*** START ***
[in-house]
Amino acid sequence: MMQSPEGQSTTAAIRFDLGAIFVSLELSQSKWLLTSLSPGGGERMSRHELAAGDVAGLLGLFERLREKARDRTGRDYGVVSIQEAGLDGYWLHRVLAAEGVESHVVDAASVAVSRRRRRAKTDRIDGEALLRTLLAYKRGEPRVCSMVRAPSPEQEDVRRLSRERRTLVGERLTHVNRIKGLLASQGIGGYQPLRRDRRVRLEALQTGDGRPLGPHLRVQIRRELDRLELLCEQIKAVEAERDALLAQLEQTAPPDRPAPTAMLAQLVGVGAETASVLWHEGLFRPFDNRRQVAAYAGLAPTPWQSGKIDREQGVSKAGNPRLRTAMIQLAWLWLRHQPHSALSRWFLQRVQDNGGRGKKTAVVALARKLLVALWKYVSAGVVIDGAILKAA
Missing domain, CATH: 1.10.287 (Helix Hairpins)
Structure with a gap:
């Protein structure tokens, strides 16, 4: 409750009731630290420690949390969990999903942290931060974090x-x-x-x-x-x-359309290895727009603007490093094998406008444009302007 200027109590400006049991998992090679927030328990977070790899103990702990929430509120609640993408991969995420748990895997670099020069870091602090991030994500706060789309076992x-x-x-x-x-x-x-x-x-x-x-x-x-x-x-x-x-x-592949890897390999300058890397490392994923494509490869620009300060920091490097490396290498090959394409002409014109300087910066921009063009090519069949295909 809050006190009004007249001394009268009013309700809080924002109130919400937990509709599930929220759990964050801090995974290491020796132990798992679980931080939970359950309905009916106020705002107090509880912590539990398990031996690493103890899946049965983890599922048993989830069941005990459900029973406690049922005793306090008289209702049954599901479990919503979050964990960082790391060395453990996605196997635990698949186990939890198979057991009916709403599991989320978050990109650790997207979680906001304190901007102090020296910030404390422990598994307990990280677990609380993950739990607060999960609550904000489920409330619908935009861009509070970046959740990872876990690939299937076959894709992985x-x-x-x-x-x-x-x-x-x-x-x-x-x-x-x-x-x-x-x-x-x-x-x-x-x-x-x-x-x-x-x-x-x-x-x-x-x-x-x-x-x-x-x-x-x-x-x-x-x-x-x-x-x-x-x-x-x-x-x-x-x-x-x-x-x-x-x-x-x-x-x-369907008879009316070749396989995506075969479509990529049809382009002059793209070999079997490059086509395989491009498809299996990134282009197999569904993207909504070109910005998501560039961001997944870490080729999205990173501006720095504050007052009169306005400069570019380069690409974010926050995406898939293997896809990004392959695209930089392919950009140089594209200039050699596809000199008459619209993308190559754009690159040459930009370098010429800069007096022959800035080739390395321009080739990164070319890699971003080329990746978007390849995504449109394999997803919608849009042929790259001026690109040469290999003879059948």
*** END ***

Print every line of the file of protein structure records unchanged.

[in-house]
Amino acid sequence: MMQSPEGQSTTAAIRFDLGAIFVSLELSQSKWLLTSLSPGGGERMSRHELAAGDVAGLLGLFERLREKARDRTGRDYGVVSIQEAGLDGYWLHRVLAAEGVESHVVDAASVAVSRRRRRAKTDRIDGEALLRTLLAYKRGEPRVCSMVRAPSPEQEDVRRLSRERRTLVGERLTHVNRIKGLLASQGIGGYQPLRRDRRVRLEALQTGDGRPLGPHLRVQIRRELDRLELLCEQIKAVEAERDALLAQLEQTAPPDRPAPTAMLAQLVGVGAETASVLWHEGLFRPFDNRRQVAAYAGLAPTPWQSGKIDREQGVSKAGNPRLRTAMIQLAWLWLRHQPHSALSRWFLQRVQDNGGRGKKTAVVALARKLLVALWKYVSAGVVIDGAILKAA
Missing domain, CATH: 1.10.287 (Helix Hairpins)
Structure with a gap:
């Protein structure tokens, strides 16, 4: 409750009731630290420690949390969990999903942290931060974090x-x-x-x-x-x-359309290895727009603007490093094998406008444009302007 200027109590400006049991998992090679927030328990977070790899103990702990929430509120609640993408991969995420748990895997670099020069870091602090991030994500706060789309076992x-x-x-x-x-x-x-x-x-x-x-x-x-x-x-x-x-x-592949890897390999300058890397490392994923494509490869620009300060920091490097490396290498090959394409002409014109300087910066921009063009090519069949295909 809050006190009004007249001394009268009013309700809080924002109130919400937990509709599930929220759990964050801090995974290491020796132990798992679980931080939970359950309905009916106020705002107090509880912590539990398990031996690493103890899946049965983890599922048993989830069941005990459900029973406690049922005793306090008289209702049954599901479990919503979050964990960082790391060395453990996605196997635990698949186990939890198979057991009916709403599991989320978050990109650790997207979680906001304190901007102090020296910030404390422990598994307990990280677990609380993950739990607060999960609550904000489920409330619908935009861009509070970046959740990872876990690939299937076959894709992985x-x-x-x-x-x-x-x-x-x-x-x-x-x-x-x-x-x-x-x-x-x-x-x-x-x-x-x-x-x-x-x-x-x-x-x-x-x-x-x-x-x-x-x-x-x-x-x-x-x-x-x-x-x-x-x-x-x-x-x-x-x-x-x-x-x-x-x-x-x-x-x-369907008879009316070749396989995506075969479509990529049809382009002059793209070999079997490059086509395989491009498809299996990134282009197999569904993207909504070109910005998501560039961001997944870490080729999205990173501006720095504050007052009169306005400069570019380069690409974010926050995406898939293997896809990004392959695209930089392919950009140089594209200039050699596809000199008459619209993308190559754009690159040459930009370098010429800069007096022959800035080739390395321009080739990164070319890699971003080329990746978007390849995504449109394999997803919608849009042929790259001026690109040469290999003879059948």